Defining the Philippine Blogosphere
Last month, we had some good discussions about who or what comprises the Philippine Blogosphere.
With the numerous projects (or lists) that I’ve launched and with the different entities/groups that help promote Filipino bloggers or Philippine blogs, there have been varying distinctions as to what makes a blog Pinoy.
Take for example the Philippine Blog Awards (which btw is now expired). Though the qualifications where not clear, it was mentioned to me that only Filipino citizens or those with Filipino decent are eligible. (note to self: recover the domain and re-launch the site to something worthy of its name).
When we launched The Philippines According to Blogs, Connie defined similar qualifications, i.e. (a) a Filipino citizen or (b) of Filipino ancestry irrespective of citizenship. On the other hand, my requisites for approving entries in PinoyTopBlogs extended to those blogs which covers topics about the Philippine or the Filipinos even though the authors/bloggers are foreigners.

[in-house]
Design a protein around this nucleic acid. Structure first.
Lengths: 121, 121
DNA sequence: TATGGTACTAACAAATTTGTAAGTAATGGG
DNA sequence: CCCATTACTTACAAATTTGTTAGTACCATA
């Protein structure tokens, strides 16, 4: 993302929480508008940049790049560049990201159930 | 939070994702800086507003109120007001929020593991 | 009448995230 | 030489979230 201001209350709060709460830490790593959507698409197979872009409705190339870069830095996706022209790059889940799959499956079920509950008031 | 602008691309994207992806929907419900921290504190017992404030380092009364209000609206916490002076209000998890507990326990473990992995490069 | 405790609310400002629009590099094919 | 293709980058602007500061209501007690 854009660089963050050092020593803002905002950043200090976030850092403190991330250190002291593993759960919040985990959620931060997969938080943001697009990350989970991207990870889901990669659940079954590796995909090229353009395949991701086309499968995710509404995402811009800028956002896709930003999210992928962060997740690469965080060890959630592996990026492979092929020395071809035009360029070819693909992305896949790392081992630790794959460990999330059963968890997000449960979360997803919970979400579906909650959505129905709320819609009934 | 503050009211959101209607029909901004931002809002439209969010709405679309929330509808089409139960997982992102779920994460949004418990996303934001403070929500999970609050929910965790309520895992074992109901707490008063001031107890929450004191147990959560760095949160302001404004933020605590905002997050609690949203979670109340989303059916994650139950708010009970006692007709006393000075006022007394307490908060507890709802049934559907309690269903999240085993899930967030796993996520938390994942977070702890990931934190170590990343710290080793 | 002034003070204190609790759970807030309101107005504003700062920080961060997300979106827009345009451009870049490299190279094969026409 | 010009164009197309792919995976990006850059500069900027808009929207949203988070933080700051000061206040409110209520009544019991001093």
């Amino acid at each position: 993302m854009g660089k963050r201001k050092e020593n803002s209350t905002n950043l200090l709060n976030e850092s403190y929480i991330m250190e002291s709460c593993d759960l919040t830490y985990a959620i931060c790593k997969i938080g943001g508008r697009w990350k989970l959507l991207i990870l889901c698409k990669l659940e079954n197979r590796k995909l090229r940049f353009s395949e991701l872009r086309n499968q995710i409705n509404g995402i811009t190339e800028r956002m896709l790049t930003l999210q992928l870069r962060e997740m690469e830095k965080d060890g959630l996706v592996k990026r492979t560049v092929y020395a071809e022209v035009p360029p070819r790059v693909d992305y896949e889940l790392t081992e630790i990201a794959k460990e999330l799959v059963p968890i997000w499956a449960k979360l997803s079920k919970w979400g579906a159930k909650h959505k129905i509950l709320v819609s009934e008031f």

You see, it’s really hard and tedious to individually investigate the affiliation or citizenship of a blogger just by reading his blog. What I usually do is look for identifying elements — domain whois info, use of Filipino language, profile of blogs linking in and linked out, topics or theme of subject entries, profile and language of commenters, among other things.
Blogs about the Philippines or the Filipinos. It doesn’t matter whether the blogs were produced in or outside the Philippines, by Filipinos or non-Filipinos, in any of the Philippine languages, or in English, as long as majority of the content is about the Philippines, its culture and its people.
I basically refined it to cover two points – (1) only English content should be considered when including foreign languages because it becomes illogical and incomprehensible to include languages that a vast majority of the Filipino audience do not understand and (2) when the author/s are not Filipinos, the majority of content of the blog must cover the Philippines, otherwise, we will see social/news blogs like Global Voices included in the list even if they only cover Philippine-related content with less than 1% of their entire blog.
The definition above is still subject to further refinements.